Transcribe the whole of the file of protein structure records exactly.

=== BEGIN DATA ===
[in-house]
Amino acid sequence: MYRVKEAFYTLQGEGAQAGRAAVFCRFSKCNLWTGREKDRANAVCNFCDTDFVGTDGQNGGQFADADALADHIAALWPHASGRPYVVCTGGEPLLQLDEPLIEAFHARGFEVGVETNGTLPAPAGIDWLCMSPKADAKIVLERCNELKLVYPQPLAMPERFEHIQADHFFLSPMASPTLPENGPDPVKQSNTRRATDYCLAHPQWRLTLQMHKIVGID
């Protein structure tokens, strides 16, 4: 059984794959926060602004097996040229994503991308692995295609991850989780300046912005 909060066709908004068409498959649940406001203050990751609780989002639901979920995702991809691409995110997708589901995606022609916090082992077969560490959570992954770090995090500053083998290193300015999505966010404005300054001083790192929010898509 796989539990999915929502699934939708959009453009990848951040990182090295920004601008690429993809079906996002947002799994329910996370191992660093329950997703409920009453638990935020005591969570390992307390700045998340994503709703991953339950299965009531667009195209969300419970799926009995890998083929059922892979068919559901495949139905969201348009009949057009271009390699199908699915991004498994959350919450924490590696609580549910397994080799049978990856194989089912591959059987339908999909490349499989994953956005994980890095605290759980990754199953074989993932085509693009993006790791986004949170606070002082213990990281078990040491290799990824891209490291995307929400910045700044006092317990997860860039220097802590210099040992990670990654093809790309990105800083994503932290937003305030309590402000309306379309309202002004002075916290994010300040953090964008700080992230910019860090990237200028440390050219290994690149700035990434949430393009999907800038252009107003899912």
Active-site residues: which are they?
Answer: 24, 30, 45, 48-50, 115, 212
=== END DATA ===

[in-house]
Amino acid sequence: MYRVKEAFYTLQGEGAQAGRAAVFCRFSKCNLWTGREKDRANAVCNFCDTDFVGTDGQNGGQFADADALADHIAALWPHASGRPYVVCTGGEPLLQLDEPLIEAFHARGFEVGVETNGTLPAPAGIDWLCMSPKADAKIVLERCNELKLVYPQPLAMPERFEHIQADHFFLSPMASPTLPENGPDPVKQSNTRRATDYCLAHPQWRLTLQMHKIVGID
């Protein structure tokens, strides 16, 4: 059984794959926060602004097996040229994503991308692995295609991850989780300046912005 909060066709908004068409498959649940406001203050990751609780989002639901979920995702991809691409995110997708589901995606022609916090082992077969560490959570992954770090995090500053083998290193300015999505966010404005300054001083790192929010898509 796989539990999915929502699934939708959009453009990848951040990182090295920004601008690429993809079906996002947002799994329910996370191992660093329950997703409920009453638990935020005591969570390992307390700045998340994503709703991953339950299965009531667009195209969300419970799926009995890998083929059922892979068919559901495949139905969201348009009949057009271009390699199908699915991004498994959350919450924490590696609580549910397994080799049978990856194989089912591959059987339908999909490349499989994953956005994980890095605290759980990754199953074989993932085509693009993006790791986004949170606070002082213990990281078990040491290799990824891209490291995307929400910045700044006092317990997860860039220097802590210099040992990670990654093809790309990105800083994503932290937003305030309590402000309306379309309202002004002075916290994010300040953090964008700080992230910019860090990237200028440390050219290994690149700035990434949430393009999907800038252009107003899912």
Active-site residues: which are they?
Answer: 24, 30, 45, 48-50, 115, 212